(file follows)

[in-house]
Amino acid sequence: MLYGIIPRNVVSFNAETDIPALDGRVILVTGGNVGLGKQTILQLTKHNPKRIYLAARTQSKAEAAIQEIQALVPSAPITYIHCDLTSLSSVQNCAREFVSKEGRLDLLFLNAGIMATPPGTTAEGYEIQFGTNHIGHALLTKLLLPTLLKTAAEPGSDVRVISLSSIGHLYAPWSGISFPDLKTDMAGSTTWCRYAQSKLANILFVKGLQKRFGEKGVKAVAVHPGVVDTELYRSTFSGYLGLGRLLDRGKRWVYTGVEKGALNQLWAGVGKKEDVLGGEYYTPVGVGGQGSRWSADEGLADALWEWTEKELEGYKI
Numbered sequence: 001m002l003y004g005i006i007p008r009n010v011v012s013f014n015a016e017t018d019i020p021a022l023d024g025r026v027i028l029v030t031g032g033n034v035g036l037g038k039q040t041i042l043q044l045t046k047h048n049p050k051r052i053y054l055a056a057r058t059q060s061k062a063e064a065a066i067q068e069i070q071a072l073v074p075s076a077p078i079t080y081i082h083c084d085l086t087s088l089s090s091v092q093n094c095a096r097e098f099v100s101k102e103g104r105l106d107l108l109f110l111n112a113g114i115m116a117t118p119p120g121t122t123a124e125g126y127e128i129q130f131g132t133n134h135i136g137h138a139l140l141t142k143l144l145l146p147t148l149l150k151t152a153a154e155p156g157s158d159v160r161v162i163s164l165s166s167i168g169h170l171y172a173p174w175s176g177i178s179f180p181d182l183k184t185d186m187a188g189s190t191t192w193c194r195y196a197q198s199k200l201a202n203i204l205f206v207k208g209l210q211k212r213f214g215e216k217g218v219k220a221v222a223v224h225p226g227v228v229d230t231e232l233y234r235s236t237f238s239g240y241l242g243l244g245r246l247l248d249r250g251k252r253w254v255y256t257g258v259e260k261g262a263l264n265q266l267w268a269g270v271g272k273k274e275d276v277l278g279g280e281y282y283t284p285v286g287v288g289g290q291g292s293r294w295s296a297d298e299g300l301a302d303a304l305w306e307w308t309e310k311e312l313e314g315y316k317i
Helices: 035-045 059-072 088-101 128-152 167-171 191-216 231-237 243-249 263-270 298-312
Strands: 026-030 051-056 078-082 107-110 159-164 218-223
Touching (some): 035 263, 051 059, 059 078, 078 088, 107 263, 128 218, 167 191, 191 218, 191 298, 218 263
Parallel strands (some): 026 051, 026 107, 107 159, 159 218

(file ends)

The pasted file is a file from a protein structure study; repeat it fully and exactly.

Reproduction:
[in-house]
Amino acid sequence: MLYGIIPRNVVSFNAETDIPALDGRVILVTGGNVGLGKQTILQLTKHNPKRIYLAARTQSKAEAAIQEIQALVPSAPITYIHCDLTSLSSVQNCAREFVSKEGRLDLLFLNAGIMATPPGTTAEGYEIQFGTNHIGHALLTKLLLPTLLKTAAEPGSDVRVISLSSIGHLYAPWSGISFPDLKTDMAGSTTWCRYAQSKLANILFVKGLQKRFGEKGVKAVAVHPGVVDTELYRSTFSGYLGLGRLLDRGKRWVYTGVEKGALNQLWAGVGKKEDVLGGEYYTPVGVGGQGSRWSADEGLADALWEWTEKELEGYKI
Numbered sequence: 001m002l003y004g005i006i007p008r009n010v011v012s013f014n015a016e017t018d019i020p021a022l023d024g025r026v027i028l029v030t031g032g033n034v035g036l037g038k039q040t041i042l043q044l045t046k047h048n049p050k051r052i053y054l055a056a057r058t059q060s061k062a063e064a065a066i067q068e069i070q071a072l073v074p075s076a077p078i079t080y081i082h083c084d085l086t087s088l089s090s091v092q093n094c095a096r097e098f099v100s101k102e103g104r105l106d107l108l109f110l111n112a113g114i115m116a117t118p119p120g121t122t123a124e125g126y127e128i129q130f131g132t133n134h135i136g137h138a139l140l141t142k143l144l145l146p147t148l149l150k151t152a153a154e155p156g157s158d159v160r161v162i163s164l165s166s167i168g169h170l171y172a173p174w175s176g177i178s179f180p181d182l183k184t185d186m187a188g189s190t191t192w193c194r195y196a197q198s199k200l201a202n203i204l205f206v207k208g209l210q211k212r213f214g215e216k217g218v219k220a221v222a223v224h225p226g227v228v229d230t231e232l233y234r235s236t237f238s239g240y241l242g243l244g245r246l247l248d249r250g251k252r253w254v255y256t257g258v259e260k261g262a263l264n265q266l267w268a269g270v271g272k273k274e275d276v277l278g279g280e281y282y283t284p285v286g287v288g289g290q291g292s293r294w295s296a297d298e299g300l301a302d303a304l305w306e307w308t309e310k311e312l313e314g315y316k317i
Helices: 035-045 059-072 088-101 128-152 167-171 191-216 231-237 243-249 263-270 298-312
Strands: 026-030 051-056 078-082 107-110 159-164 218-223
Touching (some): 035 263, 051 059, 059 078, 078 088, 107 263, 128 218, 167 191, 191 218, 191 298, 218 263
Parallel strands (some): 026 051, 026 107, 107 159, 159 218